fatigue and weakness

ellenr1
By ellenr1 Latest Reply 2012-06-03 19:11:31 -0500
Started 2012-06-02 20:37:59 -0500

I was diagnosed with type 2 diabetes about 5 years ago, and most of the time since I've been rebellious and disorganized about managing my health - especially in terms of my diet. I take metformin.
Lately I've been working on bringing my glucose levels down, but I often feel weaker and less energetic when my levels are down than I feel when it's high.

Also, I've had aching pain in my arms and legs for over a year, that are often more intense at night.

Any thoughts/experiences?


6 replies

Fyremarshal
Fyremarshal 2012-06-03 13:55:32 -0500 Report

I totally agree! A false low can be your enemy because it causes you to respond in the wrong direction. Next thing you know your BG is extremely high, and it is hard to wait it out to come down..

jayabee52
jayabee52 2012-06-03 19:11:31 -0500 Report

There is also the nervous/frantic component to the feeling of being low. When "Jem" would have lows and false lows she would get frantic and start eating carbs like they were going out of style. Then she'd get on the "Blood Glucose roller coaster".

I tried to get her to stop eating but it usually happened when I was asleep and she didn't wake me, even though I asked her to do that when she felt that way.

Sometimes I wonder if she refused to wake me cause she knew I'd try to slow her eating down. But she is now passed from this life.

jayabee52
jayabee52 2012-06-02 22:19:46 -0500 Report

Howdy Ellenr! WELCOME to DiabeticConnect.

Seems to me that Caroltoo below has pretty well nailed it. I would have given you much the same answers.

But I have a incident I'd like to share: My late wife "Jem" had many "medical challenges" and one of those challenges necessitated her taking corticosteroids from time to time. Those steroids raised her Blood Glucose (BG) levels to above 300 and once she was weaned off the steroids we had to bring her BG levels down. When she was coming down from those 300+ BG readings she would have what I would call "false lows". She had all the symptoms of a hypo incident: weakness, shaking, sweating, ravenous hunger, anxiety. But her BG levels would be in the high 100s or low 200s.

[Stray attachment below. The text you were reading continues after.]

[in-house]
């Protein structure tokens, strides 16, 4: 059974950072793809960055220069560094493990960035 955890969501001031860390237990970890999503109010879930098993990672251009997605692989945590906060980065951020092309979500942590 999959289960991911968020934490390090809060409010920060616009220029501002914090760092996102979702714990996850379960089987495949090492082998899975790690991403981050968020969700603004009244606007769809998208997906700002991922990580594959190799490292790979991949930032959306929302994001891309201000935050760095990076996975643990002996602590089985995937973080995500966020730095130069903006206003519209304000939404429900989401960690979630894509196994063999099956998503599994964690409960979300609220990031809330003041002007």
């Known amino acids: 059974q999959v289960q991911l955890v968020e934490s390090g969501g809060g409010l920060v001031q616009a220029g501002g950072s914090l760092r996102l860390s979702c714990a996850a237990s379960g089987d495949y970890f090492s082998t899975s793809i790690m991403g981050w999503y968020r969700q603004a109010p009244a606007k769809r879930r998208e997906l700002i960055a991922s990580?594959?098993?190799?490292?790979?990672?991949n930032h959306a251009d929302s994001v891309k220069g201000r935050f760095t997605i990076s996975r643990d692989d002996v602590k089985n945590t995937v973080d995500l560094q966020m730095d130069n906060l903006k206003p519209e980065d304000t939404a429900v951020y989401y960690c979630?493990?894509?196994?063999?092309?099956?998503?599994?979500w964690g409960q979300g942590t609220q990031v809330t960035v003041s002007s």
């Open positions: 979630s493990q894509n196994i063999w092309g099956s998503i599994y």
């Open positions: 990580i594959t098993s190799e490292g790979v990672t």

Now I am the one who has the diabetic neuropathy. I had not taken care of my Diabetes Mellitus (DM) adequately for the first few years and now I have "burning" neuropathy in both of my legs from knees to toes and "tingling" neuropathy in both arms from elbows to fingertips (makes typing interesting — to say the least)

Finally after being on oral DM meds (mostly Metformin) from 1995 through Nov 2006, and being switched to insulin from Nov 2006 through Feb 2011 due to kidney issues (necessitating dialysis for 10 months)

I discovered quite by accident in Jan 2011 that I could manage my BG levels without the use of DM meds, IF I ate very carefully. So now I manage my DM without the use of DM meds of any kind and am doing very well. If you are interested in knowing what I currently do just ask and I'd be happy to share with you.

Praying for better health for you and for God's richest blessings to you and yours!

James Baker

PS I just requested your friendship. Please accept.

Caroltoo
Caroltoo 2012-06-02 21:16:25 -0500 Report

I found as my BGs were coming down, I frequently felt like I was hypoglycemic: weak and dizzy. I wasn't, but it was the comparison between where my BGs had been (400) and where they were going that made me think they were low. Eventually, when I got in the normal range and habituated, I no longer felt like dizzy and weak.

If your BGs have been up for much of the 5 years and you haven't been caring for yourself well (which is what I'm getting when I read that you have been "rebellious and disorganized"), then you could be experiencing neuropathy caused by high BGs. Sometimes the pain or ache in the arms/legs will begin to go away once BGs are lower for a while.

Alpha lipoic acid (600 mg, twice daily) and biotin 5,000mcg have been tested as treatment for neuropathy. I found they worked for me, perhaps they would for you also.

Controlled
Controlled 2012-06-02 22:34:46 -0500 Report

You may also want to consider benfothiamine. You can look online and buy it at reasonable prices. I started taking it a few months ago and it has helped me lessen neuropathy symptoms.

Caroltoo
Caroltoo 2012-06-03 00:33:25 -0500 Report

I do use benfothiamine in a combination with B6, B12, and ALA. It is helpful because it improves circulations and makes it possible for the cells to heal.